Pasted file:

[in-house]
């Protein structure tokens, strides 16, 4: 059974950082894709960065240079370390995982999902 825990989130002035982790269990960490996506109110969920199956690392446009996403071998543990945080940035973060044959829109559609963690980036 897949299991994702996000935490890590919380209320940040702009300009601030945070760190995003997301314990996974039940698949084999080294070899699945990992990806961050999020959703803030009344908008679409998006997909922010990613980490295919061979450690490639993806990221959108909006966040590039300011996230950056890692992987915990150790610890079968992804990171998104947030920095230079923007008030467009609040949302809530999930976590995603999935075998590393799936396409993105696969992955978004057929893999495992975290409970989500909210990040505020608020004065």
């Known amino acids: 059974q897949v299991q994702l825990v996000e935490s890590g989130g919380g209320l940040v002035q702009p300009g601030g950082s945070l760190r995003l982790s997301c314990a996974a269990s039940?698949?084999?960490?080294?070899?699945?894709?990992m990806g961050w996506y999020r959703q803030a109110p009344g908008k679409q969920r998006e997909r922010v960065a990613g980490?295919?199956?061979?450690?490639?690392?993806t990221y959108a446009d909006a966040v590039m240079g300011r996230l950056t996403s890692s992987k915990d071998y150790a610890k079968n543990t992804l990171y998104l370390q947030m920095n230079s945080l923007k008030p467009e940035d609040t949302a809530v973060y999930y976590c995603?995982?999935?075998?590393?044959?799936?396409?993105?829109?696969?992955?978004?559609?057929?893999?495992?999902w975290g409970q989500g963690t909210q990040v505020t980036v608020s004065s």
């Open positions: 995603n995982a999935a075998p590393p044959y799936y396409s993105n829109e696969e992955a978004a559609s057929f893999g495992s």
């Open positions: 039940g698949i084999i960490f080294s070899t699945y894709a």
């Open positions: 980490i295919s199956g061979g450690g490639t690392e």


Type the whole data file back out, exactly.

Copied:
[in-house]
């Protein structure tokens, strides 16, 4: 059974950082894709960065240079370390995982999902 825990989130002035982790269990960490996506109110969920199956690392446009996403071998543990945080940035973060044959829109559609963690980036 897949299991994702996000935490890590919380209320940040702009300009601030945070760190995003997301314990996974039940698949084999080294070899699945990992990806961050999020959703803030009344908008679409998006997909922010990613980490295919061979450690490639993806990221959108909006966040590039300011996230950056890692992987915990150790610890079968992804990171998104947030920095230079923007008030467009609040949302809530999930976590995603999935075998590393799936396409993105696969992955978004057929893999495992975290409970989500909210990040505020608020004065």
């Known amino acids: 059974q897949v299991q994702l825990v996000e935490s890590g989130g919380g209320l940040v002035q702009p300009g601030g950082s945070l760190r995003l982790s997301c314990a996974a269990s039940?698949?084999?960490?080294?070899?699945?894709?990992m990806g961050w996506y999020r959703q803030a109110p009344g908008k679409q969920r998006e997909r922010v960065a990613g980490?295919?199956?061979?450690?490639?690392?993806t990221y959108a446009d909006a966040v590039m240079g300011r996230l950056t996403s890692s992987k915990d071998y150790a610890k079968n543990t992804l990171y998104l370390q947030m920095n230079s945080l923007k008030p467009e940035d609040t949302a809530v973060y999930y976590c995603?995982?999935?075998?590393?044959?799936?396409?993105?829109?696969?992955?978004?559609?057929?893999?495992?999902w975290g409970q989500g963690t909210q990040v505020t980036v608020s004065s």
């Open positions: 995603n995982a999935a075998p590393p044959y799936y396409s993105n829109e696969e992955a978004a559609s057929f893999g495992s």
């Open positions: 039940g698949i084999i960490f080294s070899t699945y894709a």
């Open positions: 980490i295919s199956g061979g450690g490639t690392e």